While reading Chris Moerdyk’s article in the last edition of The Media Online, Boston bombings prove the value of social media, I started thinking along the same lines, but instead of social media, my cogitations turned towards the significant role that digital billboards played in the Boston Marathon bombings and the aftermath.
The Boston bombing manhunt unfolds on digital billboards, was explained in Christopher Hall’s article for Digital Signage Today. The Massachusetts State Police and the FBI released photos last Thursday evening of the two suspects in the Boston Marathon bombings and within the hour of the first images’ release, digital billboards had photographs of the suspects up all around Boston and its highways. Later in the evening, when the university policeman was shot dead, allegedly by the suspects and when one of the suspects was killed in the gunfight with the police, after the car hi-jacking and chase, digital billboards were an active component in keeping the public informed.
By Friday morning, Boston went into a lockdown, with one of the suspects still on the loose, residents were told to stay home by the state’s governor. This message to stay indoors was communicated to those still outdoors, by digital billboards around the city. The second suspect was taken into police custody on Friday night after a call from a Boston citizen. He was found hiding in a boat in a backyard and after shots were exchanged, the suspect was apprehended. He is in hospital in a critical condition.
The coverage of events had begun the day before the Boston Marathon, according to Hall in his preceding article Digital billboards respond to Boston Marathon bombing, for Digital Signage Today. Digital billboards along the route of the Boston Marathon and in the surrounds were being used, prior to the event, to promote it and to send out good luck wishes to the runners on the day. After the explosions, the same digital billboards played a vital role in the community. Motorists were warned to stay away from Copley Square, the site of the explosions. The Massachusetts Emergency Management Agency was given the use of the billboards to display emergency messages, with contact details.
On the day following the bombings, billboards were used to alert Bostonians of schedule changes to other events that had been planned and perhaps more significantly, in Boston and across the rest of the country, digital billboards were used to communicate breaking news and to post messages of support, condolences and hope to the victims, their families and the city as a whole.
“The Out of Home (OOH) industry united across the US, to ensure that the nation was kept up-to-date and in touch with the flow of information while they were commuting, out-of-doors and not necessarily able to access other media. Strategic geographical placement of digital billboard sites can be of immeasurable value in the management of a crisis such as this, by police and the relevant emergency service authorities. Congratulations are due to the US outdoor industry on the assistance they gave to the authorities in helping to find the suspects and on the responsible and thoughtful way in which they responded to this tragedy,” says Barry Sayer, Executive Chairman of Continental Outdoor Media.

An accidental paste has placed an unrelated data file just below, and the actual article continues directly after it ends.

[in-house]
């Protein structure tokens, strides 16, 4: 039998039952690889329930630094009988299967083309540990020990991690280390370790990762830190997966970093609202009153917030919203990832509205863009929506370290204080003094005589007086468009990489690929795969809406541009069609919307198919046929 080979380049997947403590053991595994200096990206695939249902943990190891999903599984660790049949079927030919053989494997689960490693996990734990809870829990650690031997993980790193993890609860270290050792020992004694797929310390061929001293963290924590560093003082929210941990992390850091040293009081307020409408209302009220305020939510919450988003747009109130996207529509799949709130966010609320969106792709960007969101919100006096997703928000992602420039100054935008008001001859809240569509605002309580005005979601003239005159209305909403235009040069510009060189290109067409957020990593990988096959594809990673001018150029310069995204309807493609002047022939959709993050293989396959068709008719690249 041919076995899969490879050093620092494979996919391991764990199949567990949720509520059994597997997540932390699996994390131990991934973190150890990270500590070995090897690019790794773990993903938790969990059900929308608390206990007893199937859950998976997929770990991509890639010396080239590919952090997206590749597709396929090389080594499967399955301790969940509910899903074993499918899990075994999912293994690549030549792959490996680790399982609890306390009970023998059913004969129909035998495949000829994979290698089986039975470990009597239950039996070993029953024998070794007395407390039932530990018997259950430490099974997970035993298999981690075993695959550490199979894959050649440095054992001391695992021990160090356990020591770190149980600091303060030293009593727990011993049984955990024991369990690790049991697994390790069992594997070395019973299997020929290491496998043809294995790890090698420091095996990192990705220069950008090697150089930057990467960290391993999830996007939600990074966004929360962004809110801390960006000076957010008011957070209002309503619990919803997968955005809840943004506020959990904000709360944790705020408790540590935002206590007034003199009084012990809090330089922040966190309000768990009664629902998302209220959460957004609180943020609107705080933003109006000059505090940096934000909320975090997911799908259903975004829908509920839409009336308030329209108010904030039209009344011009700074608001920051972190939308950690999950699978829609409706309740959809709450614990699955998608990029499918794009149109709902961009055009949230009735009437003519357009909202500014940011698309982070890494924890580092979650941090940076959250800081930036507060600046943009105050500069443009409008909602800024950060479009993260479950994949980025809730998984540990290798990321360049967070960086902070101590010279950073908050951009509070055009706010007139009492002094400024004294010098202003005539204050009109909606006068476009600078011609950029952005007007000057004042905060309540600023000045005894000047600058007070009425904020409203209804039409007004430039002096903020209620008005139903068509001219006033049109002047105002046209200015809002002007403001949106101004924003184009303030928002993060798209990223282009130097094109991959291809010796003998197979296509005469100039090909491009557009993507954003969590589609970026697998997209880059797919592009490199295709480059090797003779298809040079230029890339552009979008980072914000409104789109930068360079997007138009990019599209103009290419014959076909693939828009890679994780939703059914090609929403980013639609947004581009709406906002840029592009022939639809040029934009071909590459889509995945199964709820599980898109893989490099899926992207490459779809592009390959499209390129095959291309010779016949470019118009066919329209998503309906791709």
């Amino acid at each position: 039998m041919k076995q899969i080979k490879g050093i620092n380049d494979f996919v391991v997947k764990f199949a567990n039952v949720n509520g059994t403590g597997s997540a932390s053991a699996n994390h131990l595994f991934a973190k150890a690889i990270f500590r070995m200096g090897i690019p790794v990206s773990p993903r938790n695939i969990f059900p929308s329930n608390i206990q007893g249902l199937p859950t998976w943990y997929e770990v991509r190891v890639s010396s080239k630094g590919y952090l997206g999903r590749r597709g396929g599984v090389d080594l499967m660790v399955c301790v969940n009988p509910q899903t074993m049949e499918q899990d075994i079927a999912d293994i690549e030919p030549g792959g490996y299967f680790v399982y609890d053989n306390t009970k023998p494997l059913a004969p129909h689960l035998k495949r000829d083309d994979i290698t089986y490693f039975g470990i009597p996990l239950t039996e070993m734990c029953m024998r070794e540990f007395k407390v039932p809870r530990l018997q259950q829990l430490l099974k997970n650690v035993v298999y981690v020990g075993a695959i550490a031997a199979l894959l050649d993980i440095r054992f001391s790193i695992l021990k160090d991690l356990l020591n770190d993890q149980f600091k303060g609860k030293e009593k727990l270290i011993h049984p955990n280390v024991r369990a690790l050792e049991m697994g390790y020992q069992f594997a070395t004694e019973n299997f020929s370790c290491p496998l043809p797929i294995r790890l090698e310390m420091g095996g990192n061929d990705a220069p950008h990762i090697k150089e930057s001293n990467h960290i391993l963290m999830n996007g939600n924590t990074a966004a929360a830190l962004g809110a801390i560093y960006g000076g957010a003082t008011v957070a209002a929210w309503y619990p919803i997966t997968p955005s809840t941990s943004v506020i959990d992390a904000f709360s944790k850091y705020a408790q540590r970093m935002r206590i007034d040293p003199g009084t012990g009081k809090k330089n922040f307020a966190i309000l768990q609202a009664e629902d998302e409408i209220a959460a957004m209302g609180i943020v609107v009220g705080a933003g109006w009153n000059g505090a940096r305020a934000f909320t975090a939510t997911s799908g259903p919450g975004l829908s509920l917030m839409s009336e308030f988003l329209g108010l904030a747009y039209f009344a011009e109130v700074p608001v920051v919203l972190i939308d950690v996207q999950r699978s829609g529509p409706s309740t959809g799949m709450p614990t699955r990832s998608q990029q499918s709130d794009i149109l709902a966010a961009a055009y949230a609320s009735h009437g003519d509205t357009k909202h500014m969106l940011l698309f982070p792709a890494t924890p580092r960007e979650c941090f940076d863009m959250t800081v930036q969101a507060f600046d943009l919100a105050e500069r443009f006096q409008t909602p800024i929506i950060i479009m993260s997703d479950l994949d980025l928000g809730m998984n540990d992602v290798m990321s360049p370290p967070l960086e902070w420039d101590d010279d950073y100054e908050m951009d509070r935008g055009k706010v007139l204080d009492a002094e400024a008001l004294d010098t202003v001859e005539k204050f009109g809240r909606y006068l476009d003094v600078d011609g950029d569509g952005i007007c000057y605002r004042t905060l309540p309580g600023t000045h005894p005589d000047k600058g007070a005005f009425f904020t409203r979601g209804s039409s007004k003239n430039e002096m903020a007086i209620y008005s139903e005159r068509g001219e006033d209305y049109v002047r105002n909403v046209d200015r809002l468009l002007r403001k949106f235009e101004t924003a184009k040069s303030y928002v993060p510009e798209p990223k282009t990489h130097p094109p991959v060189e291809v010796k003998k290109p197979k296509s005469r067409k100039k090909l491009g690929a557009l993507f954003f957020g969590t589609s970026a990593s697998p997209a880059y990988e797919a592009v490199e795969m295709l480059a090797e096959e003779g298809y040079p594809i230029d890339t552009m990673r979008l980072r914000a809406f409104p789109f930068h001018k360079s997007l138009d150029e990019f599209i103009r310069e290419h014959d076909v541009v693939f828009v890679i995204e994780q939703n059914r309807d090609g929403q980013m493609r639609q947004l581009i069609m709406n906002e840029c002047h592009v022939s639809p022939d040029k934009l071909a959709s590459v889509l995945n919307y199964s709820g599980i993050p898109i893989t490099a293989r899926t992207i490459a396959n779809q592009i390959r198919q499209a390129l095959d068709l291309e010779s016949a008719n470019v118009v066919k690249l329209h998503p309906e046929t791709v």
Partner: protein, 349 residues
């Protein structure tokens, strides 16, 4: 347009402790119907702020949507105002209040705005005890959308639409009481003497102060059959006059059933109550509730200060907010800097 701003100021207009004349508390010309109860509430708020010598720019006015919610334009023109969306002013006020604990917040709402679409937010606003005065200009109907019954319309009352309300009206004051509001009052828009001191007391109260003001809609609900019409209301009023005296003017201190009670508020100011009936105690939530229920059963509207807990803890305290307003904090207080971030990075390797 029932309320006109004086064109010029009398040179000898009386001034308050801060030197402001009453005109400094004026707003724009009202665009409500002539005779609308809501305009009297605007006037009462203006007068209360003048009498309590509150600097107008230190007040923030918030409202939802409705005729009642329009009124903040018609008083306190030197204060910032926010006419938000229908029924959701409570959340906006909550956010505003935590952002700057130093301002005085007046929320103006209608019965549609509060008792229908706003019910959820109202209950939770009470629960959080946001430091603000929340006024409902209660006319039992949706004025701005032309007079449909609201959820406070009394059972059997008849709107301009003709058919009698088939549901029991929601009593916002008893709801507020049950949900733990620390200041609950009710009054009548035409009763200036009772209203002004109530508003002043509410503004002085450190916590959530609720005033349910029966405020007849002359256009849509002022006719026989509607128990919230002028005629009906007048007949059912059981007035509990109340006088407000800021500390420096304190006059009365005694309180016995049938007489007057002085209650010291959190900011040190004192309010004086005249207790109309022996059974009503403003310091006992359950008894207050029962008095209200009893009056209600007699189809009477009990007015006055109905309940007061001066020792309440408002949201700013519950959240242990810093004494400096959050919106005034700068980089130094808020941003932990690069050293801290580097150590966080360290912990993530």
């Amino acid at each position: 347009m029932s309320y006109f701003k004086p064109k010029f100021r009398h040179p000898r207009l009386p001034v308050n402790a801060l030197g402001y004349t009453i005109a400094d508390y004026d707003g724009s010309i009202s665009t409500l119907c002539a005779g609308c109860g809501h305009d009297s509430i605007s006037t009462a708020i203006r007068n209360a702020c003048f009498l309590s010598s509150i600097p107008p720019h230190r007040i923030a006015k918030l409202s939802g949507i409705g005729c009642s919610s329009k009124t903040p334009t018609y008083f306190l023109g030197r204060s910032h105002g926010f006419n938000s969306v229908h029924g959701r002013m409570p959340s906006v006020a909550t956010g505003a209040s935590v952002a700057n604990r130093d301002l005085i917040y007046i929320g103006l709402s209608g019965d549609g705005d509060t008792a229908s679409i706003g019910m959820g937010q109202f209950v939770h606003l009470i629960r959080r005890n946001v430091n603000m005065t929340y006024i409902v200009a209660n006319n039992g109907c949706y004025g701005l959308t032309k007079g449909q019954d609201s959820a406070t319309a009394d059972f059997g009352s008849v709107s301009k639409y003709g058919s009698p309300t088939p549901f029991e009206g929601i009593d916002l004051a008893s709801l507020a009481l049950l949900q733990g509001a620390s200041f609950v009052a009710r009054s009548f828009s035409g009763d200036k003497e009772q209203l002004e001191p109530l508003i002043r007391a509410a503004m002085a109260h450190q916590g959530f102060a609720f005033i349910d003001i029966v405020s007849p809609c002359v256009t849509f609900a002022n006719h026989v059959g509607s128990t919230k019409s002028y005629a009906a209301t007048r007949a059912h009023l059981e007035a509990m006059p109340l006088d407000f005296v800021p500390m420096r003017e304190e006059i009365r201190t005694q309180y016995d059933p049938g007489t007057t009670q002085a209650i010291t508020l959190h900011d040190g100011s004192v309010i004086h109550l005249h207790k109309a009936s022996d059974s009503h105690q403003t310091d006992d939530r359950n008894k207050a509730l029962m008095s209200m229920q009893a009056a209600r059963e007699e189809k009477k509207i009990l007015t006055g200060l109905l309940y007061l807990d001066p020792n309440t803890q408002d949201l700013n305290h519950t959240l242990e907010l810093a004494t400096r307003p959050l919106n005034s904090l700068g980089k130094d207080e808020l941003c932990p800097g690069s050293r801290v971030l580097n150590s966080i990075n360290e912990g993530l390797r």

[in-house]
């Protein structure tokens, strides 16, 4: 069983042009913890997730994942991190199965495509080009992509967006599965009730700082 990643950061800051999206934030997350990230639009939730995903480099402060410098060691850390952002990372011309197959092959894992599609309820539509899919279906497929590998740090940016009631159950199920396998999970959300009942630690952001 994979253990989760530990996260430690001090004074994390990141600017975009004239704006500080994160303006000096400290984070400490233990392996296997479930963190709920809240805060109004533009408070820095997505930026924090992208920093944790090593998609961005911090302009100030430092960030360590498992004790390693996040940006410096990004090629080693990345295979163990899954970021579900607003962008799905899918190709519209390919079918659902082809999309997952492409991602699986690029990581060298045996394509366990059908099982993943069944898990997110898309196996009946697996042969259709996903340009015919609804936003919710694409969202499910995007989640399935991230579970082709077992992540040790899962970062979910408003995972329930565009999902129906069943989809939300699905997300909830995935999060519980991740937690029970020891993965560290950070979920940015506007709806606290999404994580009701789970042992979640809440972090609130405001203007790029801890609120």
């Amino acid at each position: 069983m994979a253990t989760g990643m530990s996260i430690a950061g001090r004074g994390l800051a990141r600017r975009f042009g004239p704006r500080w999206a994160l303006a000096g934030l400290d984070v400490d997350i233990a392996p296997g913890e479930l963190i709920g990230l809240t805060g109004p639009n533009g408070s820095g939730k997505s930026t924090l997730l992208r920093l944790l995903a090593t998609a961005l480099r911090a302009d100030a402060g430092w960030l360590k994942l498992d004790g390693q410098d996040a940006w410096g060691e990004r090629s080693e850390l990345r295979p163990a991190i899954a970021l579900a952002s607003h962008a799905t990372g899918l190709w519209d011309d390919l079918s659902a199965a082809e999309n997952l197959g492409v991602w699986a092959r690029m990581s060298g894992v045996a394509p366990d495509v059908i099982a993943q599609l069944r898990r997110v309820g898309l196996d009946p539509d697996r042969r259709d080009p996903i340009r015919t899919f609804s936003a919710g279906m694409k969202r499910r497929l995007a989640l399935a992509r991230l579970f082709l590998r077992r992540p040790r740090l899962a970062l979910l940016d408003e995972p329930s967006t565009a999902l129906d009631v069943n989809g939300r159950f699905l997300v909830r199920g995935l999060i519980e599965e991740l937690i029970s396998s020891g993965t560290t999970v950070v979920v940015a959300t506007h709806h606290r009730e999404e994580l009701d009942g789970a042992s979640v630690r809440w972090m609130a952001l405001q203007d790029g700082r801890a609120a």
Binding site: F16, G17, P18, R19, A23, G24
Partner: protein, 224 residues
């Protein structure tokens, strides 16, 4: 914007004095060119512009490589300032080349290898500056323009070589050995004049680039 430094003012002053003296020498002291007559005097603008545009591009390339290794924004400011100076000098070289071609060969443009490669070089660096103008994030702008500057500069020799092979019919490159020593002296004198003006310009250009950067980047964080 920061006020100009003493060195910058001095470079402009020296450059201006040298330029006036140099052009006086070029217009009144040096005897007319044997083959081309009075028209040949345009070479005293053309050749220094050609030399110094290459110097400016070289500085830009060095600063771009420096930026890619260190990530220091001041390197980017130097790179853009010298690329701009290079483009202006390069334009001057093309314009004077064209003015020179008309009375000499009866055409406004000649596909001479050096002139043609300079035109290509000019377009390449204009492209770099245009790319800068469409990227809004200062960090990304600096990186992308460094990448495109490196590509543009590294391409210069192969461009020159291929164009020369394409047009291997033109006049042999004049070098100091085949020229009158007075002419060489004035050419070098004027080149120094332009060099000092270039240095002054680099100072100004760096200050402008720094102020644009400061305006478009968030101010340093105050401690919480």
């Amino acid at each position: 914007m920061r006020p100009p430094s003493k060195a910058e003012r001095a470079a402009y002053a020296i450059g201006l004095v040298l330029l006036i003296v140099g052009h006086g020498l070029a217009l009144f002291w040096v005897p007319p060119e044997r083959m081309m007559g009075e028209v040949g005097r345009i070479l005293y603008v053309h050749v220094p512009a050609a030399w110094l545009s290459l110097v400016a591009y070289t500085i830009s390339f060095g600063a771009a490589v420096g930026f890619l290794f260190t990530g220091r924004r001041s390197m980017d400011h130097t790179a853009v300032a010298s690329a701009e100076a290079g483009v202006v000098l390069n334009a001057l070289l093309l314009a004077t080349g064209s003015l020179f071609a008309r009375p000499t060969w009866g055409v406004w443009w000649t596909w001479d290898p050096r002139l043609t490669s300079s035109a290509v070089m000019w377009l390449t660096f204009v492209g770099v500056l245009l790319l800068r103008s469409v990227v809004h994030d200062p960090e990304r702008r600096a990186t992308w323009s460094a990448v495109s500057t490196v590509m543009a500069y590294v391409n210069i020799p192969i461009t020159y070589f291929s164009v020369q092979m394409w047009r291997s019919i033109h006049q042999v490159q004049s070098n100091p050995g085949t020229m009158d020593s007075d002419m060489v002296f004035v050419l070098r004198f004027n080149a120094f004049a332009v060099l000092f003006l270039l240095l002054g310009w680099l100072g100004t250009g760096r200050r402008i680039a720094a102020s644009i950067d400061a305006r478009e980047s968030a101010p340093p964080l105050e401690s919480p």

I wonder if the legislators who allocate billboard sites in South Africa realise the importance of strategically placed digital outdoor media in serving the community in a crisis such as this? Digital posters and billboards can change their displays instantly, to communicate vital information, such as evacuation procedures or show images of crime suspects, to the community, in the case of a disaster.
Continental Outdoor Media are perfectly placed and willing to react with speed and efficiency to support the community should an emergency necessitate immediate action. The advertising that is displayed on their digital poster sites in Gautrain stations, airports, shopping malls and clinics is controlled at their head office through a Wi-Fi connection. The displays can be instantly changed to provide breaking news updates, messages from emergency services and words of hope and support, in the thick of a disaster.
Technological advances, such as these, in the OOH space, have remarkable capabilities to create a sense of order in the chaos that surrounds a crisis and to reassure people on the streets that the situation is under control. Perhaps this will spark some debate between the OOH industry and officials, about how this technology can be mutually beneficial.
Digital signage is not only highly adaptable, but is specifically positioned to gain maximum reach. Its efficacy can perhaps only come to light in the event of something as devastating as the Boston Marathon bombings, where billboards transitioned from creating a sense of unity during a sporting event, to creating a sense of unity after a tragedy, to assisting in keeping citizens out of harm’s way and serving the justice system.
Richard Lebovitz’s article for Digital Signage Connection, Digital Billboards Work Overtime During Boston Terrorist Crisis gives more information about this and the service level agreements between outdoor media companies and state authorities.
IMAGES: Digital Signage Today